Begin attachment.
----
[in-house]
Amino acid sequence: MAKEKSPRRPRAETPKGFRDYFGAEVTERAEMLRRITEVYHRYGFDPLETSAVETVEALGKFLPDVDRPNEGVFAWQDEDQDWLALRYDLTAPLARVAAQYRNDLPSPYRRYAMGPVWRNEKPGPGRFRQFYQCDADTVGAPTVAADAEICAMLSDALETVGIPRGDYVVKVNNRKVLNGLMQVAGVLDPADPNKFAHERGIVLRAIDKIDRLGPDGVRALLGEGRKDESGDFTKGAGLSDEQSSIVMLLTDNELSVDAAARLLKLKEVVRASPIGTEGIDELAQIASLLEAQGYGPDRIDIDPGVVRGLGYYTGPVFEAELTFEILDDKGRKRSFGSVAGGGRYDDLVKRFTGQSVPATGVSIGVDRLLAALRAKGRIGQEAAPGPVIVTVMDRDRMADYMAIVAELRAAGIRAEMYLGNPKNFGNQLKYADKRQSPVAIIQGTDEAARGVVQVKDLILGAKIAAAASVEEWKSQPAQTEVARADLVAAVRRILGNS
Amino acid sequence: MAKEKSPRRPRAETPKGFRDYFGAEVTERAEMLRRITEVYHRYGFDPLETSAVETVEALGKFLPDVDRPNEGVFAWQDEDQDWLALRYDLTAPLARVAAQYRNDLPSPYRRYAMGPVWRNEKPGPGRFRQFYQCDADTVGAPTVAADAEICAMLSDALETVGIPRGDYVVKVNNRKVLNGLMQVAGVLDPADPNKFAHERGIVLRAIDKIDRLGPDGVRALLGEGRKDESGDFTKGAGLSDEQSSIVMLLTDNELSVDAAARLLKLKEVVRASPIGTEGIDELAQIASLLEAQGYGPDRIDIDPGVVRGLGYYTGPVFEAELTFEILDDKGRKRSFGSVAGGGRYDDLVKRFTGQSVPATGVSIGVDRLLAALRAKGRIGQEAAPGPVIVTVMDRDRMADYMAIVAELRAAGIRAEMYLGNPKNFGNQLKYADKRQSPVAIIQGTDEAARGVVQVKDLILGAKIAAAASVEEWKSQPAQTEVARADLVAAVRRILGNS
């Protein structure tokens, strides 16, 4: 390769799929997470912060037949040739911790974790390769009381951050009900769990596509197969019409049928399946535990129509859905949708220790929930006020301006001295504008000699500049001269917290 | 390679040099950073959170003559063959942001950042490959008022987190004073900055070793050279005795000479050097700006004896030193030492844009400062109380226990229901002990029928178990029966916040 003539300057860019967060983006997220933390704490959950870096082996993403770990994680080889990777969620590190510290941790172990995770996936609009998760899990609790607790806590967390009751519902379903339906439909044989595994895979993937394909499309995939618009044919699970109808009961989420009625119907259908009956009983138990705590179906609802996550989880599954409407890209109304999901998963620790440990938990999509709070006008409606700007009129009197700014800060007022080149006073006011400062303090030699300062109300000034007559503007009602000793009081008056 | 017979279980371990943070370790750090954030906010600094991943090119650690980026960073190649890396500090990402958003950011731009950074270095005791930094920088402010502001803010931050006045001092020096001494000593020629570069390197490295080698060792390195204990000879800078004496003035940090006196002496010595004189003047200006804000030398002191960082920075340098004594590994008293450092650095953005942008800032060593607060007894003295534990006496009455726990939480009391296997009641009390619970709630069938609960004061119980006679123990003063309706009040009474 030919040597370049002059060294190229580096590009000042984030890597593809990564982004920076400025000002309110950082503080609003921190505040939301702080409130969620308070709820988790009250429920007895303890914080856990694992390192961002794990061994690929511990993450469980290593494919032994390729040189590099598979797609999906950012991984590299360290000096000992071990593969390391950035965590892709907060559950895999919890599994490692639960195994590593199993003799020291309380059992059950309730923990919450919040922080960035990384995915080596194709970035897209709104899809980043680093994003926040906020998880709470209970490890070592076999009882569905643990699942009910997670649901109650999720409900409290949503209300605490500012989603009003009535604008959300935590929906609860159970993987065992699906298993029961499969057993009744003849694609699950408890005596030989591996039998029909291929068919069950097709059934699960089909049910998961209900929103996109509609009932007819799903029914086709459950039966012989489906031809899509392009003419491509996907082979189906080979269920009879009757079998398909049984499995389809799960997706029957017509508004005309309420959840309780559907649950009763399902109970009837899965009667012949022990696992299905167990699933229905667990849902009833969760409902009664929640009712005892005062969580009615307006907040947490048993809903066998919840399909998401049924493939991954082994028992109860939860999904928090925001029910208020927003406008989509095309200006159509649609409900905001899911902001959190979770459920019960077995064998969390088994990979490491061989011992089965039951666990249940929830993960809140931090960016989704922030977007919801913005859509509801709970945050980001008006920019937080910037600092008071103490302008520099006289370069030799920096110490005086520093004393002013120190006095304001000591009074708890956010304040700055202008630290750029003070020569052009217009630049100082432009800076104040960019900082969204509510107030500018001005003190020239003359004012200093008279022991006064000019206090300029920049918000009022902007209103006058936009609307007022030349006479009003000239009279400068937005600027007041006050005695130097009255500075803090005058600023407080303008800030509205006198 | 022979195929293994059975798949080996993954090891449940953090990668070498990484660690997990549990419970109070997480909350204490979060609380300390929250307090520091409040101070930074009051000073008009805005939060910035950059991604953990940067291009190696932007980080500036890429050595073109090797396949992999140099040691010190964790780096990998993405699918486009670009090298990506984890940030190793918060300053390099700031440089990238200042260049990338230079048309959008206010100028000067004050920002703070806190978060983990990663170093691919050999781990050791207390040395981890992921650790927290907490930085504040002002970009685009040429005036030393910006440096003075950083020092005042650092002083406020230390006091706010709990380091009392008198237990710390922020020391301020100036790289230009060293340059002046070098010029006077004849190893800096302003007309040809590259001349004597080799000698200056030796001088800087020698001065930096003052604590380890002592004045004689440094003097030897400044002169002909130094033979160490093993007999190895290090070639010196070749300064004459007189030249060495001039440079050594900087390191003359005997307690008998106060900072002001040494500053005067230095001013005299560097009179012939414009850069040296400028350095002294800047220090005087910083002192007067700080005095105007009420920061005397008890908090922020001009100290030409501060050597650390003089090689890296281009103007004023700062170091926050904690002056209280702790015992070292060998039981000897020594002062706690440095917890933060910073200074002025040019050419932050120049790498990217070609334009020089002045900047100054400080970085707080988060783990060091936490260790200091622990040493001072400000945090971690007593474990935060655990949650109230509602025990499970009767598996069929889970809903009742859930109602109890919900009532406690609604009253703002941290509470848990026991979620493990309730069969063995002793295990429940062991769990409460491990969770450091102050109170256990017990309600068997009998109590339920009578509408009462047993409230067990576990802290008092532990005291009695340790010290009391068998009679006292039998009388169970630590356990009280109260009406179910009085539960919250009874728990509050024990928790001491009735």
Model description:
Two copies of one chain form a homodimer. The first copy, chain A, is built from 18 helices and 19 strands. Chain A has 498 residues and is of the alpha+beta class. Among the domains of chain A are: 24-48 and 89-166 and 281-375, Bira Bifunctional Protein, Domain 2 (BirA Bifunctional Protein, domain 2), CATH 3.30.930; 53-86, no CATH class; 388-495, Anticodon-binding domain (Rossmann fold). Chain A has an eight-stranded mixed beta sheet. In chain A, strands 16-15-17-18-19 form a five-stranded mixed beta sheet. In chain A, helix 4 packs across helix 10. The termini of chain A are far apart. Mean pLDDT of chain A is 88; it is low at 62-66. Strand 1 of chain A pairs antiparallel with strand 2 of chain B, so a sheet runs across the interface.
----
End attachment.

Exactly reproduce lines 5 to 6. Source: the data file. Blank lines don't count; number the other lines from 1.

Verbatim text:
Model description:
Two copies of one chain form a homodimer. The first copy, chain A, is built from 18 helices and 19 strands. Chain A has 498 residues and is of the alpha+beta class. Among the domains of chain A are: 24-48 and 89-166 and 281-375, Bira Bifunctional Protein, Domain 2 (BirA Bifunctional Protein, domain 2), CATH 3.30.930; 53-86, no CATH class; 388-495, Anticodon-binding domain (Rossmann fold). Chain A has an eight-stranded mixed beta sheet. In chain A, strands 16-15-17-18-19 form a five-stranded mixed beta sheet. In chain A, helix 4 packs across helix 10. The termini of chain A are far apart. Mean pLDDT of chain A is 88; it is low at 62-66. Strand 1 of chain A pairs antiparallel with strand 2 of chain B, so a sheet runs across the interface.